If it didn't seem like Windows Phone was enough of an underdog, there may be another, unsurfaced, unspoken, a most important reason why Windows Phone market share improvement is moving slowly.

Over the weekend a friend of mine was looking to dump T-Mobile due to his experiences with horrible service. Granted, it's important to remember that each user has varying levels of experiences with the different service providers. T-Mobile works just fine for some I know, it just didn't work well in my friend's situation (which I'll get to in a minute).

Personally, Verizon is tops, while AT&T was one of the more horrible involvements of my life when I was forced to use them at one point in my professional career. Verizon just works better where I live and work. For others I've talked to, AT&T is the cat's meow.

So, my friend chose to seek out what Verizon offers. As a Windows Phone user, he was completely appalled at what happened during a visit to his local Verizon store.

First off, the store didn't carry one single Windows Phone, neither did it display any Windows Phone banners or promotions. And, when he specifically asked about the Microsoft devices (particularly the Icon), the floor salesperson said:

"No one wants them, no one is buying and they don't have any apps."

The salesperson then attempted to sell my friend on a Samsung. My friend held out his Lumia 920, showed him the apps, and then suggested the salesperson try out the phone before bad mouthing it.

In his story, my friend went on to suggest that part of his horrible service experience with T-Mobile, and his intent to eliminate T-Mobile, was due to the company blaming the Windows Phone OS for his problems on the hardware they sold him. So, it seems, T-Mobile and Verizon are guilty of the same problem.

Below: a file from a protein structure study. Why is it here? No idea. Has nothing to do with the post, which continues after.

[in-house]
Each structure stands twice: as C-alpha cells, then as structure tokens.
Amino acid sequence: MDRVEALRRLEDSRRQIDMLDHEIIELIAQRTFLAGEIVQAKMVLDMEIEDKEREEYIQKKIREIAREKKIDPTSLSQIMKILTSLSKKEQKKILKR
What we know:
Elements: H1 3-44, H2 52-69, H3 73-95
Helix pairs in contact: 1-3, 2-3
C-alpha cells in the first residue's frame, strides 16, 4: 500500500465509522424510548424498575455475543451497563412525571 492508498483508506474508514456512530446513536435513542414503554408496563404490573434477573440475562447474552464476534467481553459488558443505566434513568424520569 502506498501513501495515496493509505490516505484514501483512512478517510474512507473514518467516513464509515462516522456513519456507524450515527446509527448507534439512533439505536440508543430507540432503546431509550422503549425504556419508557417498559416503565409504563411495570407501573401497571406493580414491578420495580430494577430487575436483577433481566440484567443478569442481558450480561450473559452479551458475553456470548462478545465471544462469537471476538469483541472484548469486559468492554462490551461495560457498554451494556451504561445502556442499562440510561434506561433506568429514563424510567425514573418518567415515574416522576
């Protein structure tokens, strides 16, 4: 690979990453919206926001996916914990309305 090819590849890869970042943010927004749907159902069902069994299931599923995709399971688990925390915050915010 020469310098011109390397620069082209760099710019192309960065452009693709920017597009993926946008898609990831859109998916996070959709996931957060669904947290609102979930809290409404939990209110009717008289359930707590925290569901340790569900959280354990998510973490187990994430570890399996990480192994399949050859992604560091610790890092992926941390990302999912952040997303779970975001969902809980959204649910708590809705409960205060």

So, what's the story here? Is this common? Is this just Verizon and T-Mobile, or are the other carriers also joining the battle against Microsoft's mobile OS and smartphones?

My friend went on to wonder how Microsoft could purchase Nokia's smartphone business and then expect to be successful when no one in the public sector is pushing them. And, rightly so. I'm sure there must be a revenue incentive for pushing Android and iOS, or particularly Samsung and Apple, but where's the choice? When a person walks into a store and boldly says, "I want that," but the salesperson says, "You don't want that, it's terrible," how is Microsoft supposed to combat that? I can't believe Verizon would bypass a sale and a happy customer for this reason. There has to be some money to be made on selling a Windows Phone device, right?

Truth told, Windows Phone, seems to be doing well considering the real world opposition. Windows Phone device usage has been steadily climbing the ranks for the past year, with the exception of July when it saw a slight drop (Windows Phone Device Stats: July 2014). I have no idea if Microsoft is truly aware of the situation in the trenches, but they need to be. As we've experienced over the past many months with Windows 8, Microsoft can get sidetracked and lose sight of what's going on in the actual world outside the Redmond commune.

I just don't believe Microsoft is doing enough. Windows Phone 8.1 is a fantastic OS. Those I know that have switched from Android or iOS rave about Microsoft's latest mobile offering. Whether the company needs to institute a "secret shopper" program or offer carriers deeper incentives to push its mobile offerings, it needs to do something proactive or Windows Phone will go the day of the Dodo.